How Much Should You Really Tip At Restaurants? An Etiquette Expert Says It’s Not 18%

It's also not 0%, so keep your wallet open.

Staff Writer
A barista prepares coffee in a Montreal café.

A barista prepares coffee in a Montreal café.

For regular, everyday practice, there is plenty of drama and debate around the proper ways to tip your servers. When you're sitting at the table, pay terminal in hand, it can be daunting to quickly determine how much to tip, without being rude or overstretching your wallet.

But you definitely do have to leave a tip, so there must be some kind of advice to follow, especially as inflation leads people to cut costs where possible. Is tipping something you can skimp on, or must you splurge selflessly so your servers can survive?

Our friends over at Narcity spoke with etiquette expert, seminar host and keynote presenter Lydia Ramsey, who said a generous minimum of 18% doesn't have to be the norm. "You should be allowed to tip according to how much you want to tip and how much you can," Ramsey told Narcity, emphasizing that 15% is still the minimum acceptable tip, no matter the economic pressure.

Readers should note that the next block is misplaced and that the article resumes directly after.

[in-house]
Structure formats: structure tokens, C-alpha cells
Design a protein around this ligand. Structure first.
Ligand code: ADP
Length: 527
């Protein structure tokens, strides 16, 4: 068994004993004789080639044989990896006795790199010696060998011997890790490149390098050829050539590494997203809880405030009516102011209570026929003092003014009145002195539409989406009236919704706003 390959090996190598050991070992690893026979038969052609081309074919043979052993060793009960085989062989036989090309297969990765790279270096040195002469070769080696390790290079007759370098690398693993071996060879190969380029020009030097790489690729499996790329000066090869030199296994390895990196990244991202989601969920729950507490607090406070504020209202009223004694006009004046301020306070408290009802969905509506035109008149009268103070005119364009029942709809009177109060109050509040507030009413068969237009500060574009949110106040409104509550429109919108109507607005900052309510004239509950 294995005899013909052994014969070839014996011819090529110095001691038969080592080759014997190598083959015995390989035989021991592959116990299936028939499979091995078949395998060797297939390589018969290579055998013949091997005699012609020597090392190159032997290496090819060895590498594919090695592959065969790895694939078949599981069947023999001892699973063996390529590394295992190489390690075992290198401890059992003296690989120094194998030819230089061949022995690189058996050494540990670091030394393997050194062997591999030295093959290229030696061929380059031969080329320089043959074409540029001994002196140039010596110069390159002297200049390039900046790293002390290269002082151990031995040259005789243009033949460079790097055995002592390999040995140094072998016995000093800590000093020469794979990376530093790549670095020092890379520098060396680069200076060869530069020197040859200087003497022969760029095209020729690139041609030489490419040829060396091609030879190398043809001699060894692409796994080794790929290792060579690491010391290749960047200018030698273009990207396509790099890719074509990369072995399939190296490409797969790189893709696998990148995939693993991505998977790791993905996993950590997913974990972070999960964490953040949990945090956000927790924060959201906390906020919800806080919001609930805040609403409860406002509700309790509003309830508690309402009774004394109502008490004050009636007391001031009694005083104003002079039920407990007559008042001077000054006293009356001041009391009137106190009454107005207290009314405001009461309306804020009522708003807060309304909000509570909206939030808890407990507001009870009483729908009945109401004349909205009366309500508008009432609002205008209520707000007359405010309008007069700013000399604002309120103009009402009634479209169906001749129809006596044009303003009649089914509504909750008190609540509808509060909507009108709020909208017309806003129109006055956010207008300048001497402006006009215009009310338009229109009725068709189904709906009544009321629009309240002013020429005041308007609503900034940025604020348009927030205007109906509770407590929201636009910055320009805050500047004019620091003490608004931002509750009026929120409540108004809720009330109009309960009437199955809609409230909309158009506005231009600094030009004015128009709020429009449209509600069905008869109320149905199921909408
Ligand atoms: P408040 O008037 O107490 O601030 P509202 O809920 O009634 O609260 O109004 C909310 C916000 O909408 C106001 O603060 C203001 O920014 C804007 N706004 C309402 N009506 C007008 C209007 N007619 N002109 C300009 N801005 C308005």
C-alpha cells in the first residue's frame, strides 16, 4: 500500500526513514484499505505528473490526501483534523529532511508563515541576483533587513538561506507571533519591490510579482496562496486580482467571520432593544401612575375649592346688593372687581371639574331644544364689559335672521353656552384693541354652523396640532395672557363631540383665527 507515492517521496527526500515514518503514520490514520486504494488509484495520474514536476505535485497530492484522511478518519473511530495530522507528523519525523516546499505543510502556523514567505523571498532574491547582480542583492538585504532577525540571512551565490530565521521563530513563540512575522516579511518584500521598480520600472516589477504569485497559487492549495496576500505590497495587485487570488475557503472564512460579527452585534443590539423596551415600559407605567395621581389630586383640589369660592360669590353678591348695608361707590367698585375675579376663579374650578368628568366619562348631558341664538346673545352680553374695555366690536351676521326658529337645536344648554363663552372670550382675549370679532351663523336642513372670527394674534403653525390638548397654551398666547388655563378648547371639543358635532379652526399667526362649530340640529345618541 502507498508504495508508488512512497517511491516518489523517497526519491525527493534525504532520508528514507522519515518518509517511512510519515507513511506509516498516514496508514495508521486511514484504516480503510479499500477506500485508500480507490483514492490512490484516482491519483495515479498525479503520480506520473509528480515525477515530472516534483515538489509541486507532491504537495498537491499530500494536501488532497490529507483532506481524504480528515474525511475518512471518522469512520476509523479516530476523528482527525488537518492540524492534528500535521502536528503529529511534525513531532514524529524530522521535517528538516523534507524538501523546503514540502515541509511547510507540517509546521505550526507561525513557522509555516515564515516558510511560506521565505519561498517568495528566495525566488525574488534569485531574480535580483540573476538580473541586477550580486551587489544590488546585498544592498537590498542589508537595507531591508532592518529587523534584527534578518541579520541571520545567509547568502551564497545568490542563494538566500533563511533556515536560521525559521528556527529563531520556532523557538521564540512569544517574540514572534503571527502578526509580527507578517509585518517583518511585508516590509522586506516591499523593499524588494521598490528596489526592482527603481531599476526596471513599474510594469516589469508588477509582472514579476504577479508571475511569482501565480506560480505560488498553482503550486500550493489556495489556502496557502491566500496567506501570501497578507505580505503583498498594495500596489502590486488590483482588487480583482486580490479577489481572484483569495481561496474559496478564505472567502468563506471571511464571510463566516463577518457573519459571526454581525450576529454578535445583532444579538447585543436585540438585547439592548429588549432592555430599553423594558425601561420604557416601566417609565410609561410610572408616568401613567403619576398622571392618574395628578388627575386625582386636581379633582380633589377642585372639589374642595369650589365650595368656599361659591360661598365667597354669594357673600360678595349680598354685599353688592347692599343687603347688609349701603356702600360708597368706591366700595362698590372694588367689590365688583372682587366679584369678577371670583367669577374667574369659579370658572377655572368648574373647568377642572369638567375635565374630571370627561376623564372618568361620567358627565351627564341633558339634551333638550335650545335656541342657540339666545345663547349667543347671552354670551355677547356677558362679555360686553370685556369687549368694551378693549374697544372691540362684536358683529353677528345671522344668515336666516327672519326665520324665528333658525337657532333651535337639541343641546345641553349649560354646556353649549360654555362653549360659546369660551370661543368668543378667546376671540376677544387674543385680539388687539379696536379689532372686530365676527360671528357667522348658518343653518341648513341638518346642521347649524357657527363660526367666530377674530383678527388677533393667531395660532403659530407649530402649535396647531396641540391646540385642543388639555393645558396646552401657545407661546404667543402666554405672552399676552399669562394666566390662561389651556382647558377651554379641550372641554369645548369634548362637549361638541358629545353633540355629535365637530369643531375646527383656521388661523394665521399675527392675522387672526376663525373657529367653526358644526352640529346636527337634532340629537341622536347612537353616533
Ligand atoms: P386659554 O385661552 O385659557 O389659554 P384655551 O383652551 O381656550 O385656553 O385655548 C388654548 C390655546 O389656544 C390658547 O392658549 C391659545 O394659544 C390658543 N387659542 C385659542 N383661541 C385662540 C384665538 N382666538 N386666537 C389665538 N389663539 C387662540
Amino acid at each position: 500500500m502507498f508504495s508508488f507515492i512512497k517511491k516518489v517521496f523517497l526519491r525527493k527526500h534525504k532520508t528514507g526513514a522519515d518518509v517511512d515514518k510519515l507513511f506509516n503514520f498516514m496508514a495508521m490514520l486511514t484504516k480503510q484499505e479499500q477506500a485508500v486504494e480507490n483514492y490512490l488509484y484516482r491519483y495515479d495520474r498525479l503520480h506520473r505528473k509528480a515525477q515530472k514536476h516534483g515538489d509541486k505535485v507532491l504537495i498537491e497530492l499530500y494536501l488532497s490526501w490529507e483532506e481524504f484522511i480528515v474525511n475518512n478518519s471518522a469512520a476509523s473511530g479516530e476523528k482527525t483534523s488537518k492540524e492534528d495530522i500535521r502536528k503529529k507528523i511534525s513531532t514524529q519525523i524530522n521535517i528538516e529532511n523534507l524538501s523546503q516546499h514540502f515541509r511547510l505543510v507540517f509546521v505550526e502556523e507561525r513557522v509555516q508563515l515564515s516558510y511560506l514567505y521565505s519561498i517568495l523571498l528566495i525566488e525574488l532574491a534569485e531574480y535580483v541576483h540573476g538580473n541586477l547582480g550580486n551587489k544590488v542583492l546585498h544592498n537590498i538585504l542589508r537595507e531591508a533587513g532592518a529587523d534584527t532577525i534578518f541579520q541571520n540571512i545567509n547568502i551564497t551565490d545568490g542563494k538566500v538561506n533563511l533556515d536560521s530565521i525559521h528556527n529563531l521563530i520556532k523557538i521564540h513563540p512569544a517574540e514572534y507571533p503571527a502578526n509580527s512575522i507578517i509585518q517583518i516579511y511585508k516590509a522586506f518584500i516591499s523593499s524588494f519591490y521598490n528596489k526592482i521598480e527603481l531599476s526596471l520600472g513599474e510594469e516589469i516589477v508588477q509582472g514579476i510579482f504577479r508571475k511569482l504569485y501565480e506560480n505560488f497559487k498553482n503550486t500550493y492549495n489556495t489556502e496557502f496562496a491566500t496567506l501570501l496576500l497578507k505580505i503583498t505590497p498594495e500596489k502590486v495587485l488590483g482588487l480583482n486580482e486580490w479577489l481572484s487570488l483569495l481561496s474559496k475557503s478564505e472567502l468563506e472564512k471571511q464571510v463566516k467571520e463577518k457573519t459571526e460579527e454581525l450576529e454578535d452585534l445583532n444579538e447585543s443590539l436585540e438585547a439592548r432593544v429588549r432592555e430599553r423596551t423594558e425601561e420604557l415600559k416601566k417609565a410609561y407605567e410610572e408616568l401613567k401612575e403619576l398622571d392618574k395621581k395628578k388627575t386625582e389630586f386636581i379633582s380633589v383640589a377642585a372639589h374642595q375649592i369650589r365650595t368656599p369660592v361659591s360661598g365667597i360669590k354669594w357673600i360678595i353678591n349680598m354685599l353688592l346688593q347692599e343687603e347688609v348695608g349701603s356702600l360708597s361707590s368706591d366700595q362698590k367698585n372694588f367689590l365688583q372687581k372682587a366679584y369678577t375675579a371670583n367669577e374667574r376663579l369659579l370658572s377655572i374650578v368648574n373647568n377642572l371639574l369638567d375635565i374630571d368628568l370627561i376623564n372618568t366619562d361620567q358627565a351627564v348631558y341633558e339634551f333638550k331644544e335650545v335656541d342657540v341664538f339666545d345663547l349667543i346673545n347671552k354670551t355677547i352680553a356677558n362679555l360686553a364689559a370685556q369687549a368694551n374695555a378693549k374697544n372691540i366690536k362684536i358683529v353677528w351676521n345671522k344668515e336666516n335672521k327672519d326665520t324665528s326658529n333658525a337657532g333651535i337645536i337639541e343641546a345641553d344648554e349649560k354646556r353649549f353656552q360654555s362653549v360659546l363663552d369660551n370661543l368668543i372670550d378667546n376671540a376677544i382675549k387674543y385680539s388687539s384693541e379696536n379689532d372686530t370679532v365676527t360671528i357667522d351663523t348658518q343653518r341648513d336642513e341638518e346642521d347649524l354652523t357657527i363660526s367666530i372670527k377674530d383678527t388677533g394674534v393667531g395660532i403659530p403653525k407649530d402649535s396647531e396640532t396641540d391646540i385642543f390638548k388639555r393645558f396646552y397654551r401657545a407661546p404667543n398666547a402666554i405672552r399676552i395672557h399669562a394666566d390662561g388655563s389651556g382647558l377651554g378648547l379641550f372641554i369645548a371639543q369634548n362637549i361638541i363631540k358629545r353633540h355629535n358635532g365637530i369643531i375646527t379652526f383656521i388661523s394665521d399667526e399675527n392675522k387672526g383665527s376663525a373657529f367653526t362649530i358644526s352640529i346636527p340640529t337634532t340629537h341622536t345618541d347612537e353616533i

The important thing is that you tip in the first place, Ramsey says. "Servers have a hard job, and we know that many of them just operate off of their tips."

Cost of living increases affect all of us, servers and customers alike. Still, Ramsey added, "There has to be some sort of ceiling or some sort of limit" to tipping expectations despite the economic situations we all find ourselves in.

Ramsey advises that customers go up to 20% for particularly good service, but she doesn't think you should feel bad for shooting lower.

"If you're feeling extremely generous, you can bump it up some," she told Narcity, "but I don't think people need to feel like they're being stingy if they stick to the 15% rule, especially if you're going out a lot or if you're on the road [...] and have to really watch those expenses."

She also suggested an uncommon strategy for making sure your tip fits your budget and the service you received: entering a custom amount.

"I don't think there's anything wrong with going with the 'custom tip' or 'other' option so that you can give what works for you," Ramsey told Narcity.

So next time you're stuck in that moment of confusion, remember that you are in full control of your tip, and as long as you leave one (preferably 15% or above), you're on the right track.

This article's cover image was used for illustrative purposes only.

Willa Holt
Staff Writer
Willa Holt is a Staff Writer for MTL Blog focused on apartments for rent and is based in Montreal, Quebec.
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